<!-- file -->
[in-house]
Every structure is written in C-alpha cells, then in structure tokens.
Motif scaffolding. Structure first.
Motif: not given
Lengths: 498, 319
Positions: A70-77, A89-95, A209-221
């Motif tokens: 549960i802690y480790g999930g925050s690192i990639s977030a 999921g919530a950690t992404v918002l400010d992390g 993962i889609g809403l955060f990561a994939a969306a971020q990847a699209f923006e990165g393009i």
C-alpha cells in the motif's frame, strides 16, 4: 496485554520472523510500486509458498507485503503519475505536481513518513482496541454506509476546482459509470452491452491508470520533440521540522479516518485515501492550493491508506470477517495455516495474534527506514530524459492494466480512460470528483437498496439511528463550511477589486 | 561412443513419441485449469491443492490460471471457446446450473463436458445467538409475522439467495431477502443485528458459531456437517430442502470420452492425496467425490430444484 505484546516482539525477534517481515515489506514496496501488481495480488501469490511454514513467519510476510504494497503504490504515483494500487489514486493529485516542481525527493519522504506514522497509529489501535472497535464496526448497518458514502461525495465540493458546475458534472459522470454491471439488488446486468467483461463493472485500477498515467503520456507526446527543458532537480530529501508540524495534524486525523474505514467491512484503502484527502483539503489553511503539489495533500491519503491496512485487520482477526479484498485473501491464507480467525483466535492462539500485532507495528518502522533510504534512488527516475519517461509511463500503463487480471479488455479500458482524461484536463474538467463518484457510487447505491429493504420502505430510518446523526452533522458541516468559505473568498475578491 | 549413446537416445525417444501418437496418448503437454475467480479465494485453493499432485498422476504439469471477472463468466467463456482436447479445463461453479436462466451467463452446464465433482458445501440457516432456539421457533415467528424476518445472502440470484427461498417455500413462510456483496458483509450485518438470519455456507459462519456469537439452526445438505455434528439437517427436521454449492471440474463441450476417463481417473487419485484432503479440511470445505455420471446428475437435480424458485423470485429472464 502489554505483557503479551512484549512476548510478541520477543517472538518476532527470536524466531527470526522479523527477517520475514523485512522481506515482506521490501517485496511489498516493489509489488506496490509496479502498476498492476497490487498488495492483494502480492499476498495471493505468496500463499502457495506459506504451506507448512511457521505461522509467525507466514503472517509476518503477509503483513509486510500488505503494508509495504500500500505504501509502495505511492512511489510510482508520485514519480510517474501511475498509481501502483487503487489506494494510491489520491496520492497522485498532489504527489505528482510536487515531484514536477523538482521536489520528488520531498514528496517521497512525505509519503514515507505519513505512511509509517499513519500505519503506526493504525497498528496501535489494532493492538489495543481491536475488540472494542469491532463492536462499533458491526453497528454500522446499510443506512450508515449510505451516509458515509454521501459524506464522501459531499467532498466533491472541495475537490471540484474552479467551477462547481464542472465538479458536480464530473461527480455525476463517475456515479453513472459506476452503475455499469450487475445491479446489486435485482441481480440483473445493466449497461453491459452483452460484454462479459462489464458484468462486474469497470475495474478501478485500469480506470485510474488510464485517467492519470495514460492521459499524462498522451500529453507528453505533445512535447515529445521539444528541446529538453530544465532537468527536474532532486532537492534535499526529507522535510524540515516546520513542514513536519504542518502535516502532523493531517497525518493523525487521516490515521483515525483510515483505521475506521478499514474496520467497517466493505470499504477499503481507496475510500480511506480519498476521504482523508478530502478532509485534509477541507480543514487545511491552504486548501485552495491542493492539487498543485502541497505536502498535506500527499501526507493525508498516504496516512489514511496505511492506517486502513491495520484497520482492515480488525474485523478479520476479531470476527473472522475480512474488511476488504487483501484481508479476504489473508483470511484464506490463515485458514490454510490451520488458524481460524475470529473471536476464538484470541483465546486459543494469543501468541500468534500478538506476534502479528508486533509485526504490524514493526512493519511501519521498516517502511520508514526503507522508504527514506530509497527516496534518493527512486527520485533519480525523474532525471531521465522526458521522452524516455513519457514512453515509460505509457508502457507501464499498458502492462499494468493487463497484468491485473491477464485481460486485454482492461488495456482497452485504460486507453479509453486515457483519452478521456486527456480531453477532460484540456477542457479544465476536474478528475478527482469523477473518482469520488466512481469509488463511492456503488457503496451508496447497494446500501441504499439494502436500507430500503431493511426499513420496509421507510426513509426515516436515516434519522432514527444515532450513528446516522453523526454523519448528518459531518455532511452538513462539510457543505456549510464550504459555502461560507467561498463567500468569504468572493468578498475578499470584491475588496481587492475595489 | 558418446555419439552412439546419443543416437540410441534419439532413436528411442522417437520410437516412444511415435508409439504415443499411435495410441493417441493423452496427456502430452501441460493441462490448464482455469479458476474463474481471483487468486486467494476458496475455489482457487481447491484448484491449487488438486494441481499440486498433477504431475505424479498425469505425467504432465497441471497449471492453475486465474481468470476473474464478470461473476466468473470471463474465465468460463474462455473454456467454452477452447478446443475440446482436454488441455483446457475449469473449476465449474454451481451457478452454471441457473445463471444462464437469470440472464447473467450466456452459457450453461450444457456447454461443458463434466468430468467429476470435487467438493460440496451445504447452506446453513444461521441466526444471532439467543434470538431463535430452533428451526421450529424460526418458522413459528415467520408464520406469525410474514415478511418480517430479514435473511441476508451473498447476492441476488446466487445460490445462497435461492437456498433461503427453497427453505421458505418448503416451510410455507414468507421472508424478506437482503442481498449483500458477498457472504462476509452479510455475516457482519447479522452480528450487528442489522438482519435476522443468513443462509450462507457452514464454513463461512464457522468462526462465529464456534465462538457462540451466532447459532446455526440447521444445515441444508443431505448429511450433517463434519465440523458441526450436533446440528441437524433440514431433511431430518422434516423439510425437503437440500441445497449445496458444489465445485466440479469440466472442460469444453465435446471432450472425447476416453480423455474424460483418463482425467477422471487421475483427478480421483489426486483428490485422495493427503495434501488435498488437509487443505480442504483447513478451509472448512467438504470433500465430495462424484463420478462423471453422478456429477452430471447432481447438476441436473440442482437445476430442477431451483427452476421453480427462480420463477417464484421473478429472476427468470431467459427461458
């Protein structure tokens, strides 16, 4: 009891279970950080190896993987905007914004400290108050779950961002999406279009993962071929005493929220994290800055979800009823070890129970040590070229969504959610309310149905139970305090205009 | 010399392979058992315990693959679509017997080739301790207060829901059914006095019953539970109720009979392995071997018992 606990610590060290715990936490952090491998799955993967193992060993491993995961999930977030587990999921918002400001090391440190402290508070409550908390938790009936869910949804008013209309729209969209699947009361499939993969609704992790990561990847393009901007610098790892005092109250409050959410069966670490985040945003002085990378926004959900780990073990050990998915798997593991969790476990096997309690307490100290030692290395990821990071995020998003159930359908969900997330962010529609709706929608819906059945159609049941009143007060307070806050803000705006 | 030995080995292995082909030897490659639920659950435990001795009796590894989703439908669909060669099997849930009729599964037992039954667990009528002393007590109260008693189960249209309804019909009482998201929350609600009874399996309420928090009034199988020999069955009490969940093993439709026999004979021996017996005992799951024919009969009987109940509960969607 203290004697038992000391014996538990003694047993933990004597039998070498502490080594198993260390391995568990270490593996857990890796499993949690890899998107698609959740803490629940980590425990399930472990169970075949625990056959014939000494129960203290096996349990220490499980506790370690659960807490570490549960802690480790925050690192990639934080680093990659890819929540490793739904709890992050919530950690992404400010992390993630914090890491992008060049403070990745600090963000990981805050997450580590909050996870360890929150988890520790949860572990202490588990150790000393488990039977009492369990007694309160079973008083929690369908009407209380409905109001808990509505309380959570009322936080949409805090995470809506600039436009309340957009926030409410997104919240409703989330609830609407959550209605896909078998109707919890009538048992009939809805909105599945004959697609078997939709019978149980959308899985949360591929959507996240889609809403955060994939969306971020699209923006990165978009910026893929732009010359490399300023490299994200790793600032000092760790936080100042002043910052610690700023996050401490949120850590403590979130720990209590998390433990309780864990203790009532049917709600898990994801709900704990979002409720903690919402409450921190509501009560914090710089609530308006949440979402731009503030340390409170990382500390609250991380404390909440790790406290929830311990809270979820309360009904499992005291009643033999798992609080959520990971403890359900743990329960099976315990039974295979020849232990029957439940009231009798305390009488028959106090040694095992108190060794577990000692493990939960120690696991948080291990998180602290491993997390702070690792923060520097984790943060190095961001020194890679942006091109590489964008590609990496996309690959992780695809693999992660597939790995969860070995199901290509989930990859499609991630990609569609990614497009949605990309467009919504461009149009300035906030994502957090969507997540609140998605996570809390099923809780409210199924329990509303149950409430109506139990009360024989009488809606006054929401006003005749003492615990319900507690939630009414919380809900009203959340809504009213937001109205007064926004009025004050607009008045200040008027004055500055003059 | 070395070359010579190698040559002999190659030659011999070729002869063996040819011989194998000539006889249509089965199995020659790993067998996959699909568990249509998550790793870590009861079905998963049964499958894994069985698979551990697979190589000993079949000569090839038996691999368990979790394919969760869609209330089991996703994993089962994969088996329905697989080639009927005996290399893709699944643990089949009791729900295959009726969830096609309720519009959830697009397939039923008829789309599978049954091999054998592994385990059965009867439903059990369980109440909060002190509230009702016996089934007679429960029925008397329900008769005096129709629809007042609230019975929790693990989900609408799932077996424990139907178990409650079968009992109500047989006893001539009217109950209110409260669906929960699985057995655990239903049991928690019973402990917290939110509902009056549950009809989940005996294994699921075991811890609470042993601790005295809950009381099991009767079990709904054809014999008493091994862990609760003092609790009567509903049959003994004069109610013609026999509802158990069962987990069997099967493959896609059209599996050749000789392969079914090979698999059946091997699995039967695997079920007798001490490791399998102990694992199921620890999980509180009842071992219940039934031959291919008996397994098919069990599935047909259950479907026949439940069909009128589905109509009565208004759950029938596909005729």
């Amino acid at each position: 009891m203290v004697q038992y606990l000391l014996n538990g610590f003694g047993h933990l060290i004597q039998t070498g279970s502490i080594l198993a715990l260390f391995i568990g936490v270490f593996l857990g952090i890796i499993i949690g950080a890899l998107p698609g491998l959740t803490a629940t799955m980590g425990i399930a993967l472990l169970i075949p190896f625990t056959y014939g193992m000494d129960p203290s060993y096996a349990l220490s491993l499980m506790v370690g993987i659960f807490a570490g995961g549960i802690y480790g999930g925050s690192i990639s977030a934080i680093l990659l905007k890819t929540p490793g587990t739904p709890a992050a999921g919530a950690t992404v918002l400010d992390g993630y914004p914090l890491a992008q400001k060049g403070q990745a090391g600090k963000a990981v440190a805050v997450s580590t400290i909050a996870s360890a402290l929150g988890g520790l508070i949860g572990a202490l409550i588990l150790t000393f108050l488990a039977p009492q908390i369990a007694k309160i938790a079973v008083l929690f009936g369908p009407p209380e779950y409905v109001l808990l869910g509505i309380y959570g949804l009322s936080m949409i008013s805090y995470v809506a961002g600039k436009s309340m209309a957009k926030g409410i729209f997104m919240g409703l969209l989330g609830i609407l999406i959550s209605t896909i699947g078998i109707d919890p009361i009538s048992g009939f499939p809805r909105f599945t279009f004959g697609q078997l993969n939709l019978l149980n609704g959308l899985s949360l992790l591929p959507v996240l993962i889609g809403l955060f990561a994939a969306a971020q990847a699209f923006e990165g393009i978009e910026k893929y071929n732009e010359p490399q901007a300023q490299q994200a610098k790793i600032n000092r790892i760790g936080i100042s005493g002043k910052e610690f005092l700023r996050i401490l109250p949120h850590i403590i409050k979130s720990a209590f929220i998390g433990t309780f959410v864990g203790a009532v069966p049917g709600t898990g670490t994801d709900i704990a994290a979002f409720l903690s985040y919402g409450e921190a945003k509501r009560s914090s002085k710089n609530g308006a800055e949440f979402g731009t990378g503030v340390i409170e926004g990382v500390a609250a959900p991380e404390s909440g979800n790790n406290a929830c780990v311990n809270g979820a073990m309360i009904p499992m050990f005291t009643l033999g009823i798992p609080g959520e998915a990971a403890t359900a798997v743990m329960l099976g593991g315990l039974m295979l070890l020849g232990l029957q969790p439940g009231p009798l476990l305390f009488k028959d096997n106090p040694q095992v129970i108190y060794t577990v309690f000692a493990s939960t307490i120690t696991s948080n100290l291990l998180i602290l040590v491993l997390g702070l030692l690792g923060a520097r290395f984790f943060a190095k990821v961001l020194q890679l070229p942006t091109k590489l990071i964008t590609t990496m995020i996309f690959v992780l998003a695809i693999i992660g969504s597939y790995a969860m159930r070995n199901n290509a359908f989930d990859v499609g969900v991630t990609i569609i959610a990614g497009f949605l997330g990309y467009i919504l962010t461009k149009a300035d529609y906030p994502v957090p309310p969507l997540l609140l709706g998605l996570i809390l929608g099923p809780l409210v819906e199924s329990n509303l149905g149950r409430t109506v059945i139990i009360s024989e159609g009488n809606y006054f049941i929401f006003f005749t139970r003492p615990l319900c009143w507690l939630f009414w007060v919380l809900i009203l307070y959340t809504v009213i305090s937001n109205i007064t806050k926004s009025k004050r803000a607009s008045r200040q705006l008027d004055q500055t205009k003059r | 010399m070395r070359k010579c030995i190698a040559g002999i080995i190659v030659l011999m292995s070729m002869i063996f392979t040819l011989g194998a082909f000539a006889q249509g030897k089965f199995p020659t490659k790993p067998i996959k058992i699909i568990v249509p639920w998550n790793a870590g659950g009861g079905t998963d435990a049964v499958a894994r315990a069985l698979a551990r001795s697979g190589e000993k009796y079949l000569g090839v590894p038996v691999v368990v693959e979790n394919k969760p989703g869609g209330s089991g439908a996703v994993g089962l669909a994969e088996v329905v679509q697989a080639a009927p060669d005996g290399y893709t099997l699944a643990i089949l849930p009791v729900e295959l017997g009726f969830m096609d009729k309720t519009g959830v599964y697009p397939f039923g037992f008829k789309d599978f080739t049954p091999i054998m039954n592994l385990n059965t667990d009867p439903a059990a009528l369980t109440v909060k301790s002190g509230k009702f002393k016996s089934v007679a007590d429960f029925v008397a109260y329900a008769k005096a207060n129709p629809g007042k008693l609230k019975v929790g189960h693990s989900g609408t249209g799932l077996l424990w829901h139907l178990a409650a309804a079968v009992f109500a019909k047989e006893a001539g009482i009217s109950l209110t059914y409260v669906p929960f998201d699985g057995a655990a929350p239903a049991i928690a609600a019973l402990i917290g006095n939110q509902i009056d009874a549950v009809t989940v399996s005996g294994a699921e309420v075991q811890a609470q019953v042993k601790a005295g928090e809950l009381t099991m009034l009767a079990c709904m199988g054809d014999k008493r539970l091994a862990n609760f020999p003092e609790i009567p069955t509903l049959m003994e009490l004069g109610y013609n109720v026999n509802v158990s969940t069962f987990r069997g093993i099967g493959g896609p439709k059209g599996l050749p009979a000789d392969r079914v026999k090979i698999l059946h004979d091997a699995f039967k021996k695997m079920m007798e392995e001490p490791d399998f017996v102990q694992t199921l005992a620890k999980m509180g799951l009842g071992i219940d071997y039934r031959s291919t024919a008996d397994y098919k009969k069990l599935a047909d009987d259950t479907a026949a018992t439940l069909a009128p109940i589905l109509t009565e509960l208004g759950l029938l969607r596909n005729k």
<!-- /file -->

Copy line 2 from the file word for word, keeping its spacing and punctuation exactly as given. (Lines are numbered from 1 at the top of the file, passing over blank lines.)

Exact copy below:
Every structure is written in C-alpha cells, then in structure tokens.